- Using it on most HTML elements to provide information for users of a variety of assistive technologies. Access to title attribute information is not supported uniformly by screen readers
User groups not well served by use of the title attribute
- Mobile phone users.
- title attribute content is not displayed on mobile phone browsers or touch based interfaces.
- Keyboard only users.
- keyboard users can neither access title attribute content or are aware that it is there.
- Screen magnifier users.
- The style of tooltips containing title attribute content cannot be modified by authors so that it readable by screen magnifier users. This results in in title attribute content being obscured and unreadable if it is more than a few words long.
- Screen reader users.
- typically screen reading software only supports the announcing of title attribute content on interactive controls.
- Users with fine motor skill impairments.
- placing the mouse over a word or phrase to view a tooltip can be difficult.
- Users with cognitive impairments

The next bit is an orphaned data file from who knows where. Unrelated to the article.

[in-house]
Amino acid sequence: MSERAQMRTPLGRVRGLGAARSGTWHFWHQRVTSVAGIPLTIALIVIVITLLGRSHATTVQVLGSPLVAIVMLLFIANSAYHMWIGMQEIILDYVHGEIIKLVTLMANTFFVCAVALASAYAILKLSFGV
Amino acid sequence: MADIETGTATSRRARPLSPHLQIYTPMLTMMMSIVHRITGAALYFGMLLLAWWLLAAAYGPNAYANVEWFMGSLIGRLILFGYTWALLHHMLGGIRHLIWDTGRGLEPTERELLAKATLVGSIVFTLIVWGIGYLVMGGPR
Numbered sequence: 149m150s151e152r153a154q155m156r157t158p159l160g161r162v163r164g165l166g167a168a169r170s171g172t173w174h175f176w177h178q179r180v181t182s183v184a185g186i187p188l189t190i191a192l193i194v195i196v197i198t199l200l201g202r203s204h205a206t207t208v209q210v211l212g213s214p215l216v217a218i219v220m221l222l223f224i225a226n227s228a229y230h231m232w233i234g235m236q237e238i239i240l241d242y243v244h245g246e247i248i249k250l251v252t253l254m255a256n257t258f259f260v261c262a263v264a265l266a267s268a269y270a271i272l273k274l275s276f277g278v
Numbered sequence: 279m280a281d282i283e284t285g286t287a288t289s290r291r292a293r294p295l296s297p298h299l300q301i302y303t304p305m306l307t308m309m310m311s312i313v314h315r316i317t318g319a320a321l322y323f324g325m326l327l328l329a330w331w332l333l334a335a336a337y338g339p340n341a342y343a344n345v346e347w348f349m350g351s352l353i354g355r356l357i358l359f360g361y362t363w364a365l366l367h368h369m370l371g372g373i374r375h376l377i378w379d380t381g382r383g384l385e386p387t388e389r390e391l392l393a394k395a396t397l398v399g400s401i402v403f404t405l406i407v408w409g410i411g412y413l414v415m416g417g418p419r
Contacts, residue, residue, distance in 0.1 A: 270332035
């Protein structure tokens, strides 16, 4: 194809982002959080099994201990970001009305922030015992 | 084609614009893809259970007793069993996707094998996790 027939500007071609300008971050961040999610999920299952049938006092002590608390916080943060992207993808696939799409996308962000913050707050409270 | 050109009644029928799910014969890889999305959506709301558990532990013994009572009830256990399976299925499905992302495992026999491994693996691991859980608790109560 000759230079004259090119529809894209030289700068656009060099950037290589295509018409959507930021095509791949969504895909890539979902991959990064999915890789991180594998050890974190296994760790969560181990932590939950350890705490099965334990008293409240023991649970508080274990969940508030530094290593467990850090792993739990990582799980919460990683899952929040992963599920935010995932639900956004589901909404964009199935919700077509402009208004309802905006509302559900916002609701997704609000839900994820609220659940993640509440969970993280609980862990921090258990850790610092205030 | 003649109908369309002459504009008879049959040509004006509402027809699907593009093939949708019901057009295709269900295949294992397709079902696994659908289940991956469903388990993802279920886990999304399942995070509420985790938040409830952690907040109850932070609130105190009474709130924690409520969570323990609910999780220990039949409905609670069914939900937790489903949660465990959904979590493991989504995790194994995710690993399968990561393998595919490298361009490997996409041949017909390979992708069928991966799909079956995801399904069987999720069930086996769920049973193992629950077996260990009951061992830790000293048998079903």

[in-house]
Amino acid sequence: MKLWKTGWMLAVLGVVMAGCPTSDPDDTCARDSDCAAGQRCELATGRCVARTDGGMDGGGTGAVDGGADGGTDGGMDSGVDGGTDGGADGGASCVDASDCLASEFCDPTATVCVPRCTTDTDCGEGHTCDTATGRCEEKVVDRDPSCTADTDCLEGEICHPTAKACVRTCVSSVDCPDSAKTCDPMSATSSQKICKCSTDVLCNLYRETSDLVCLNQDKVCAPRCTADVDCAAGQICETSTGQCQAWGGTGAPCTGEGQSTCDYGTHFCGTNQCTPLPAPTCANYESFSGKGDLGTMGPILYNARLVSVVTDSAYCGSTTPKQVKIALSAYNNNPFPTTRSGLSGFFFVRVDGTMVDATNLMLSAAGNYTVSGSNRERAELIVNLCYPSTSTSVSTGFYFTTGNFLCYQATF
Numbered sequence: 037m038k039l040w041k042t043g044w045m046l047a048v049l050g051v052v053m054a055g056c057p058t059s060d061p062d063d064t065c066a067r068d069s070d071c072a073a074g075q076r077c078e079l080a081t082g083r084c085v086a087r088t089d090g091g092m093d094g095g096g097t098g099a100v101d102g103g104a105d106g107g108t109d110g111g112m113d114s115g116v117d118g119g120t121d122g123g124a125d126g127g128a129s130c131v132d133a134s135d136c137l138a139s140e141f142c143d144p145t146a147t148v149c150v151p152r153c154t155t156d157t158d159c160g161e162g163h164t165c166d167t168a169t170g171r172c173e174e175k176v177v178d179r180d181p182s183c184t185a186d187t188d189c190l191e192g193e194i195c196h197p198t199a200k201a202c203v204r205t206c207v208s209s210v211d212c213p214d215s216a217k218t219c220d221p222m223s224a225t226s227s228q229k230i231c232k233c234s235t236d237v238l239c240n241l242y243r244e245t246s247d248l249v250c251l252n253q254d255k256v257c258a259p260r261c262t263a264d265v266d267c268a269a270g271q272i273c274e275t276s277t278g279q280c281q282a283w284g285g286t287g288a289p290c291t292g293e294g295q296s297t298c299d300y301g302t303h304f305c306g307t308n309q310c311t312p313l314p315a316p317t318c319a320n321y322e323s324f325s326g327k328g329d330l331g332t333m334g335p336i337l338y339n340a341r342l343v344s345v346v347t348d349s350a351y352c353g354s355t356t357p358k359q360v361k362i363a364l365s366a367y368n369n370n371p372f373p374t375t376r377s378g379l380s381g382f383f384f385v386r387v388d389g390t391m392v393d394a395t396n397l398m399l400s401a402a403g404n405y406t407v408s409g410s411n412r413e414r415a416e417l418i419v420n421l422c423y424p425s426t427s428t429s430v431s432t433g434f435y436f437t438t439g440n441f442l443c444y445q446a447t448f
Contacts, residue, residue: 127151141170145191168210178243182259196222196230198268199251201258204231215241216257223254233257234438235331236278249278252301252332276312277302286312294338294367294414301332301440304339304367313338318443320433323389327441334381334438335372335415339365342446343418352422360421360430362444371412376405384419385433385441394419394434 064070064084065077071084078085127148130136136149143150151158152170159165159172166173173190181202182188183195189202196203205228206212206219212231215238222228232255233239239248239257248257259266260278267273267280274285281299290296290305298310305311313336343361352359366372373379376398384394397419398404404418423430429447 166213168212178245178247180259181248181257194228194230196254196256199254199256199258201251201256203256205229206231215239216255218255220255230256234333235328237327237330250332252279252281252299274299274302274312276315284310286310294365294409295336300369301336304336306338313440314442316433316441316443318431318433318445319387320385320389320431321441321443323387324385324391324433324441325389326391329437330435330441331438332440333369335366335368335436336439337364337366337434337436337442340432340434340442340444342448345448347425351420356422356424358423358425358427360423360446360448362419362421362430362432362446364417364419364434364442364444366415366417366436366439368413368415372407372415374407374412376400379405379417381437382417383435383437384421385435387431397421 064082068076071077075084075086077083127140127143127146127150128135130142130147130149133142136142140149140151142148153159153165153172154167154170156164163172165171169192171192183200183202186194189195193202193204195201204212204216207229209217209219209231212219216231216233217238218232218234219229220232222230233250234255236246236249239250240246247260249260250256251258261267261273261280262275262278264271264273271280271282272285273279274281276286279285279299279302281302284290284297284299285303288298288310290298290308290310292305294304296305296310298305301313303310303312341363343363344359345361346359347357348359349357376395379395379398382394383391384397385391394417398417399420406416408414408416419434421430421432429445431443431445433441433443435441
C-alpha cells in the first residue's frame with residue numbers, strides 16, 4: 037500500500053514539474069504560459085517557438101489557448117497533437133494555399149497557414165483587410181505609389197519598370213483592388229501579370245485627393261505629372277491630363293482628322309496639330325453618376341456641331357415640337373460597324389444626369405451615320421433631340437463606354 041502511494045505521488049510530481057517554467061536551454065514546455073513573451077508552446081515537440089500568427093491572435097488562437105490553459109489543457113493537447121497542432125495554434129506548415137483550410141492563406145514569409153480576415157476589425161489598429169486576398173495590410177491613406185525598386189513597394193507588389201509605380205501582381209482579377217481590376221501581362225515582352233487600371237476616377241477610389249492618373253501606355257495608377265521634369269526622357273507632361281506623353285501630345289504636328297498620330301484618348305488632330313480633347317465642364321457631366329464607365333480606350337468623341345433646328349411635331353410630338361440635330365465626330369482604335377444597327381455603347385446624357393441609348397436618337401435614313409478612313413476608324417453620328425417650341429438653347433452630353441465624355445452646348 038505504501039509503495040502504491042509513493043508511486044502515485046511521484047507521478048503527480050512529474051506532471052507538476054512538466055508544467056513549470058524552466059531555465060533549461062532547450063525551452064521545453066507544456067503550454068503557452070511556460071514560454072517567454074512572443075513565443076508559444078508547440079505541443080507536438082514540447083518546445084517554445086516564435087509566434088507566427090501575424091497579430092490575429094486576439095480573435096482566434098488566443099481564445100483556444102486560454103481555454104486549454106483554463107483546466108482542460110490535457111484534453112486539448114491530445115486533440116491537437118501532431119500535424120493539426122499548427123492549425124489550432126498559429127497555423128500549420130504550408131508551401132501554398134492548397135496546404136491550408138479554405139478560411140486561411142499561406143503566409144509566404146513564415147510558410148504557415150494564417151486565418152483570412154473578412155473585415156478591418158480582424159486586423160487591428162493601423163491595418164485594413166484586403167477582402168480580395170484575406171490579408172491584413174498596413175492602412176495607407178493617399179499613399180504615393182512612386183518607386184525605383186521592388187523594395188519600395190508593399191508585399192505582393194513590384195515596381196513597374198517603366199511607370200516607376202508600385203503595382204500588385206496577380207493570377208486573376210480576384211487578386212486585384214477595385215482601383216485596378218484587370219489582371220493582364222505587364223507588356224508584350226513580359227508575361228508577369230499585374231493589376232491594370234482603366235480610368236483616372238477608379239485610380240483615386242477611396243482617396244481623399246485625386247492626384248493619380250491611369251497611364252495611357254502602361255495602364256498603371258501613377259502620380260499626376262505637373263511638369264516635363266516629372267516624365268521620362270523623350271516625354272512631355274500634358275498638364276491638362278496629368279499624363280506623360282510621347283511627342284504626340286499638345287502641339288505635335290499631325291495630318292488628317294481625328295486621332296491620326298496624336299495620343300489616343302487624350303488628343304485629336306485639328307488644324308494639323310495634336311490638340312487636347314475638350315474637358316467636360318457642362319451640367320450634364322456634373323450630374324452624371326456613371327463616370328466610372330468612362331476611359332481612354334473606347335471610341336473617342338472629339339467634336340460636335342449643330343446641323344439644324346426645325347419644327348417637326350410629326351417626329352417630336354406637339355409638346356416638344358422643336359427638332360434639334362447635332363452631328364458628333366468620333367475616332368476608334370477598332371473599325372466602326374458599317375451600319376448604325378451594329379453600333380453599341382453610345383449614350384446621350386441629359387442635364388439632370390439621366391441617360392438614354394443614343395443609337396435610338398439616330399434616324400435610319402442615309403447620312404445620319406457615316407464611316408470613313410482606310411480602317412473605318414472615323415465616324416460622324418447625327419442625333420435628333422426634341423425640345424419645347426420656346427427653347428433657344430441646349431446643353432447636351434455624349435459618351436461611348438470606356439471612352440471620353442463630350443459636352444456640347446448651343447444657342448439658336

- Typically tooltips only appear for a short duration < 5 seconds, some users are unable to read the text in a tooltip in such a short time.
Remove the following spec text from 4.13.5 Footnotes
"For short inline annotations, the title attribute should be used.
In this example, two parts of a dialogue are annotated with footnote-like content using the title attribute.
<p> <b>Customer</b>: Hello! I wish to register a complaint. Hello. Miss? <p> <b>Shopkeeper</b>: <span title="Colloquial pronunciation of 'What do you'">Watcha</span> mean, miss? <p> <b>Customer</b>: Uh, I'm sorry, I have a cold. I wish to make a complaint. <p> <b>Shopkeeper</b>: Sorry, <span title="This is, of course, a lie.">we're closing for lunch</span>."